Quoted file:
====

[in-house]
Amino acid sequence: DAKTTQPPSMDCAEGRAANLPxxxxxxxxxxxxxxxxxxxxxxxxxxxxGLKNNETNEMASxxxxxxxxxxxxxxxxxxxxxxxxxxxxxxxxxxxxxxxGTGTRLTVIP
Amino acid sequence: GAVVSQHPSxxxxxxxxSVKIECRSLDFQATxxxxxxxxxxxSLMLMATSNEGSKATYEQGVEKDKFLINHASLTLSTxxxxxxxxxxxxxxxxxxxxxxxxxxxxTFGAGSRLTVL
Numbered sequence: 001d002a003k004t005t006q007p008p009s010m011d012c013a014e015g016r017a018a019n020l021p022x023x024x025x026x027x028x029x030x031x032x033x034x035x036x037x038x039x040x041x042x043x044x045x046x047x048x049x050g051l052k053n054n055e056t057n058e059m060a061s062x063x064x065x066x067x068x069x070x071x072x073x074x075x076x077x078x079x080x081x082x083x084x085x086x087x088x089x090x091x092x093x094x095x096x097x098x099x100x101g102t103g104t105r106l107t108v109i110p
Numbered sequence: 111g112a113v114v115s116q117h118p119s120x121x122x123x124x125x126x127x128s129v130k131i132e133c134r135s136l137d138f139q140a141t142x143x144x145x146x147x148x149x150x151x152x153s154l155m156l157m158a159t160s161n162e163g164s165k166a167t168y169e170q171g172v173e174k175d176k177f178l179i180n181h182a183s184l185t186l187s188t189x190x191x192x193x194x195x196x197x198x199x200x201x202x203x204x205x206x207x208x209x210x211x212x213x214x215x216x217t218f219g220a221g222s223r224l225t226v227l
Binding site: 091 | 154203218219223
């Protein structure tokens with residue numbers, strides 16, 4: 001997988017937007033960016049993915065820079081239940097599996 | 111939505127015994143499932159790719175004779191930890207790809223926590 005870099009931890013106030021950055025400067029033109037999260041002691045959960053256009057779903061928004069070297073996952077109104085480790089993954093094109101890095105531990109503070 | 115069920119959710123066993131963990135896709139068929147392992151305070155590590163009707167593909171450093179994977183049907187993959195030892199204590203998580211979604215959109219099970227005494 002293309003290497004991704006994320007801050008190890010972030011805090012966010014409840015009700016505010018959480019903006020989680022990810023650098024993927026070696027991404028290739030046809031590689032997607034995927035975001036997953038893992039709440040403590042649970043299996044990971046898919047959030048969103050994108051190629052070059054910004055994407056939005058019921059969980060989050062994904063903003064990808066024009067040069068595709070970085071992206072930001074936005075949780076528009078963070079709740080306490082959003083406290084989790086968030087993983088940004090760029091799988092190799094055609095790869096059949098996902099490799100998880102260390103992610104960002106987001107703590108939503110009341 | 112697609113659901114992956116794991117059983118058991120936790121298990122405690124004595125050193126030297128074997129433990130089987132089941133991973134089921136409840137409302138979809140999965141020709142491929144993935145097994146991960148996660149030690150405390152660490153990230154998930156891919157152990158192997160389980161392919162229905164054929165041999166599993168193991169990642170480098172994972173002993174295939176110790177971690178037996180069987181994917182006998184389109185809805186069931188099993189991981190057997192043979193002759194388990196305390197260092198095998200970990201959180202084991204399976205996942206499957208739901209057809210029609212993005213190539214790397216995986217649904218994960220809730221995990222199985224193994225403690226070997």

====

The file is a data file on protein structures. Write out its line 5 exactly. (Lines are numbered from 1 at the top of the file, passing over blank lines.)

Numbered sequence: 111g112a113v114v115s116q117h118p119s120x121x122x123x124x125x126x127x128s129v130k131i132e133c134r135s136l137d138f139q140a141t142x143x144x145x146x147x148x149x150x151x152x153s154l155m156l157m158a159t160s161n162e163g164s165k166a167t168y169e170q171g172v173e174k175d176k177f178l179i180n181h182a183s184l185t186l187s188t189x190x191x192x193x194x195x196x197x198x199x200x201x202x203x204x205x206x207x208x209x210x211x212x213x214x215x216x217t218f219g220a221g222s223r224l225t226v227l